On the other hand, the effect is positive. Numerous higher educational institutions are dedicating their infrastructure and academics to research on COVID-19. It includes researching vaccines, treating the disease, and the social impacts of the pandemic.
For example, the COVID-19 Data Center in the John Hopkins University tracks global trends of the virus daily.
How are the Educational Institutions Tackling These Issues?
When the institutions came to crossroads with the pandemic and international education, how did they deal with it?
Institutions have applied many effective tools to tackle these challenges. One of them is by keeping students in retention while maintaining their access to learning.
Universities across the world, particularly in Canada and the USA, have adjusted programs in response to the need for social distancing.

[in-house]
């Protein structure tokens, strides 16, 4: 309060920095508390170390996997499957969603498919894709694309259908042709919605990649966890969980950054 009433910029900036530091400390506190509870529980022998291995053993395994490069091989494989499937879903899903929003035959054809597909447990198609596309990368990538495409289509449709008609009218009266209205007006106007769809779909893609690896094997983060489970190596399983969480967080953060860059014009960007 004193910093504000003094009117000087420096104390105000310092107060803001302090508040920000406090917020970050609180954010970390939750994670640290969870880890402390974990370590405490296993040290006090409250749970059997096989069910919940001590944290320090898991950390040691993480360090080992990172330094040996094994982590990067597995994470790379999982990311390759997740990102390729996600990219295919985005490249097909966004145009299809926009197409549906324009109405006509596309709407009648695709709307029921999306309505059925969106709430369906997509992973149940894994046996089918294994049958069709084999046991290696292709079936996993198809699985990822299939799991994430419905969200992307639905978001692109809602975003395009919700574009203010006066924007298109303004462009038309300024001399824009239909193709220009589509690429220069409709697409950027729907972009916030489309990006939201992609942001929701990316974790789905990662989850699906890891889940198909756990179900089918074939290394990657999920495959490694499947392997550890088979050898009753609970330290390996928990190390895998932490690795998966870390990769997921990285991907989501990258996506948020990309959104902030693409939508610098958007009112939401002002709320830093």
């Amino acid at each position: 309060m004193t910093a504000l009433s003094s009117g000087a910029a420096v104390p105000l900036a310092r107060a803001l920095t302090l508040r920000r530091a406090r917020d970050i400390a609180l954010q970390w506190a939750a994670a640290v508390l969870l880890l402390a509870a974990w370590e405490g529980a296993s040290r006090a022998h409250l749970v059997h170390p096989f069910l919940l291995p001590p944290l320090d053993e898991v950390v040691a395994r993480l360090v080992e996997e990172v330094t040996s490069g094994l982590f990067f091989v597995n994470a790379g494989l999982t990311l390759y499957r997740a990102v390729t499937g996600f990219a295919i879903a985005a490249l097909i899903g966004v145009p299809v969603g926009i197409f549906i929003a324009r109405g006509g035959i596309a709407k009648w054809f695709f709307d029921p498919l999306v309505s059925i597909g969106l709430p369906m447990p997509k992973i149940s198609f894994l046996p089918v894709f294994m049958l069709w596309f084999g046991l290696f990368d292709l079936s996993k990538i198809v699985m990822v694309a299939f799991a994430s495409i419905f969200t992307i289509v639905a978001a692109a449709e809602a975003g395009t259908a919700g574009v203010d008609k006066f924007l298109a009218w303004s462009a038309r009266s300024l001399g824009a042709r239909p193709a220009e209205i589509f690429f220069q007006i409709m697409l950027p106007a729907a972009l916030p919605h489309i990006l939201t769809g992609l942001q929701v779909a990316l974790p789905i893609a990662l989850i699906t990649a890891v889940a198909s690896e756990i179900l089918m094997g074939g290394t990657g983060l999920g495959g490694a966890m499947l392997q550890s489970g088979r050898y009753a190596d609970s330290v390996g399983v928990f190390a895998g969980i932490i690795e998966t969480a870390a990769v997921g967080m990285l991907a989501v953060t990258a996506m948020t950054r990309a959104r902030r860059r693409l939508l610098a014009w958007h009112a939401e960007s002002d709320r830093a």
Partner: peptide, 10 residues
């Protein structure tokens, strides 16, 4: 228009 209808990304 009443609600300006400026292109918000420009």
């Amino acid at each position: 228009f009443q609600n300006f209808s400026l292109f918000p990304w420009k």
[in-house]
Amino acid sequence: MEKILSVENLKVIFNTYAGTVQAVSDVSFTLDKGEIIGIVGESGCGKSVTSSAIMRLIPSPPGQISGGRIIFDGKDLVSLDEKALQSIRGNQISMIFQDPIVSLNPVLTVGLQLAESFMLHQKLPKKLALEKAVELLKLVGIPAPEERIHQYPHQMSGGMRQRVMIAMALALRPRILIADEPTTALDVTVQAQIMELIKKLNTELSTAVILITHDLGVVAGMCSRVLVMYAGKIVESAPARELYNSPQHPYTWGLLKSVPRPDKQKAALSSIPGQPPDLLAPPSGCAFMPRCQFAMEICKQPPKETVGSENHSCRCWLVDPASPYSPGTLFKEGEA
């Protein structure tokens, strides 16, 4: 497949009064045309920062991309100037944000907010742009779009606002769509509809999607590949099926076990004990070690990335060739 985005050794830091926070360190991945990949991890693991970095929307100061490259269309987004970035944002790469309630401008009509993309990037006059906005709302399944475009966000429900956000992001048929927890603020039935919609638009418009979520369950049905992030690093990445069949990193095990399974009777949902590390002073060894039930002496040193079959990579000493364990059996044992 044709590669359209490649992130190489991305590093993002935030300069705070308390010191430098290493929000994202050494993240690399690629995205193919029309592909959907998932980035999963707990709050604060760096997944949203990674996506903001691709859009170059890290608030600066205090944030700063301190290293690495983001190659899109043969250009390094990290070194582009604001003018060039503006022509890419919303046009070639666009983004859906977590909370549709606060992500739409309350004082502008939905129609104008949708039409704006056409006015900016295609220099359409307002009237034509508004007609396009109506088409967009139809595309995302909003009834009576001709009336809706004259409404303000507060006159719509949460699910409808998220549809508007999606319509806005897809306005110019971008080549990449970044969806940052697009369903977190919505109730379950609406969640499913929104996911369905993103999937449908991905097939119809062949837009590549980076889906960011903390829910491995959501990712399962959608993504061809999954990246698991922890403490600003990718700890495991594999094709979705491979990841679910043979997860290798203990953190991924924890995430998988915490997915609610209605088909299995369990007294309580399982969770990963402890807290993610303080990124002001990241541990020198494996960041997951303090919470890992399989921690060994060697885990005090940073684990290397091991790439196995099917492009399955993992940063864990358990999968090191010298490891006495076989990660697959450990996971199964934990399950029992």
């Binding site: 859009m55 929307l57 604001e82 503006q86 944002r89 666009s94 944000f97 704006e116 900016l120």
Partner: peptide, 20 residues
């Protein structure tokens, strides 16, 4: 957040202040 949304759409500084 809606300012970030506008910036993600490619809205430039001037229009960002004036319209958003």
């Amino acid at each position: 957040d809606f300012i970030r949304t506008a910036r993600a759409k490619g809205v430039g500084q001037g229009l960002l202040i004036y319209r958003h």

Besides, the majority of the institutions are integrating online education into their curriculum. Moving all the programs to online classes can be impossible, making this a practical and feasible solution.
Further, universities are strengthening their IT department and working closely with them. This will ensure students and the academic faculty receive all the assistance they need.
Administrators are taking measures to enforce social distancing in campuses to control the spread of the virus. This involves instructing students and staff to follow COVID-19 restrictions and protocol.
It includes instructing everyone on the campus to cover while sneezing or coughing with elbows, regular hand-washing, and self-isolation when anyone experiences flu symptoms.
New Standards for the New Normal